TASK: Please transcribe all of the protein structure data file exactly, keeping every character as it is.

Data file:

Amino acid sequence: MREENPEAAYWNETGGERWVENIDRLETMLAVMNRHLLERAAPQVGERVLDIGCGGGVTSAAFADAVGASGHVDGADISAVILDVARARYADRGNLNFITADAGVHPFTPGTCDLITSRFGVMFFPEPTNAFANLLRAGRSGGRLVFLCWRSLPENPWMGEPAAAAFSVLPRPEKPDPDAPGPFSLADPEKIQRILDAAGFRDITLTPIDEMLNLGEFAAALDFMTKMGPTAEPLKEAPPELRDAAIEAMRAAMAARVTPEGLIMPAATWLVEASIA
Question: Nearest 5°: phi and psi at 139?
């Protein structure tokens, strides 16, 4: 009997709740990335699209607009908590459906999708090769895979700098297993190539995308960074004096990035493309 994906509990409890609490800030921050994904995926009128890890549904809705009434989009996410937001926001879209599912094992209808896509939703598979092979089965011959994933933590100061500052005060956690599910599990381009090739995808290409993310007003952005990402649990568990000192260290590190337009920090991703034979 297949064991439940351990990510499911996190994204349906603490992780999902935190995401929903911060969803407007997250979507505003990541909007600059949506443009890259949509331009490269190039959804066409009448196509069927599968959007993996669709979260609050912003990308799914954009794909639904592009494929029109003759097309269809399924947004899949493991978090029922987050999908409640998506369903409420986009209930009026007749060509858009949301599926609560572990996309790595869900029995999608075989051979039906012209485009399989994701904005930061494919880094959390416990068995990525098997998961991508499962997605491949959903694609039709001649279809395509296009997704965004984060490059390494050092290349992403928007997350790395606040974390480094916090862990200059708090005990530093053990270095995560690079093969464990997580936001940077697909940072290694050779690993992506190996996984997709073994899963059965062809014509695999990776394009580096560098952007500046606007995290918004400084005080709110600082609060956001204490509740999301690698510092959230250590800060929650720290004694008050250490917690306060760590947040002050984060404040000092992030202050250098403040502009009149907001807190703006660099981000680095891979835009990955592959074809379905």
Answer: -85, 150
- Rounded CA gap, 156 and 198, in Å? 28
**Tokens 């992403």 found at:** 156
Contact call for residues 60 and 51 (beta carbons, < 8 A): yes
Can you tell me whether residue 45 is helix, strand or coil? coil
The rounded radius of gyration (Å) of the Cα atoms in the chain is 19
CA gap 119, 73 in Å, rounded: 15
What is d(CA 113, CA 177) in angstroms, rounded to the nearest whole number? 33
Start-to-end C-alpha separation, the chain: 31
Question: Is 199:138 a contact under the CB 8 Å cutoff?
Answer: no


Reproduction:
Amino acid sequence: MREENPEAAYWNETGGERWVENIDRLETMLAVMNRHLLERAAPQVGERVLDIGCGGGVTSAAFADAVGASGHVDGADISAVILDVARARYADRGNLNFITADAGVHPFTPGTCDLITSRFGVMFFPEPTNAFANLLRAGRSGGRLVFLCWRSLPENPWMGEPAAAAFSVLPRPEKPDPDAPGPFSLADPEKIQRILDAAGFRDITLTPIDEMLNLGEFAAALDFMTKMGPTAEPLKEAPPELRDAAIEAMRAAMAARVTPEGLIMPAATWLVEASIA
Question: Nearest 5°: phi and psi at 139?
């Protein structure tokens, strides 16, 4: 009997709740990335699209607009908590459906999708090769895979700098297993190539995308960074004096990035493309 994906509990409890609490800030921050994904995926009128890890549904809705009434989009996410937001926001879209599912094992209808896509939703598979092979089965011959994933933590100061500052005060956690599910599990381009090739995808290409993310007003952005990402649990568990000192260290590190337009920090991703034979 297949064991439940351990990510499911996190994204349906603490992780999902935190995401929903911060969803407007997250979507505003990541909007600059949506443009890259949509331009490269190039959804066409009448196509069927599968959007993996669709979260609050912003990308799914954009794909639904592009494929029109003759097309269809399924947004899949493991978090029922987050999908409640998506369903409420986009209930009026007749060509858009949301599926609560572990996309790595869900029995999608075989051979039906012209485009399989994701904005930061494919880094959390416990068995990525098997998961991508499962997605491949959903694609039709001649279809395509296009997704965004984060490059390494050092290349992403928007997350790395606040974390480094916090862990200059708090005990530093053990270095995560690079093969464990997580936001940077697909940072290694050779690993992506190996996984997709073994899963059965062809014509695999990776394009580096560098952007500046606007995290918004400084005080709110600082609060956001204490509740999301690698510092959230250590800060929650720290004694008050250490917690306060760590947040002050984060404040000092992030202050250098403040502009009149907001807190703006660099981000680095891979835009990955592959074809379905």
Answer: -85, 150
- Rounded CA gap, 156 and 198, in Å? 28
**Tokens 């992403």 found at:** 156
Contact call for residues 60 and 51 (beta carbons, < 8 A): yes
Can you tell me whether residue 45 is helix, strand or coil? coil
The rounded radius of gyration (Å) of the Cα atoms in the chain is 19
CA gap 119, 73 in Å, rounded: 15
What is d(CA 113, CA 177) in angstroms, rounded to the nearest whole number? 33
Start-to-end C-alpha separation, the chain: 31
Question: Is 199:138 a contact under the CB 8 Å cutoff?
Answer: no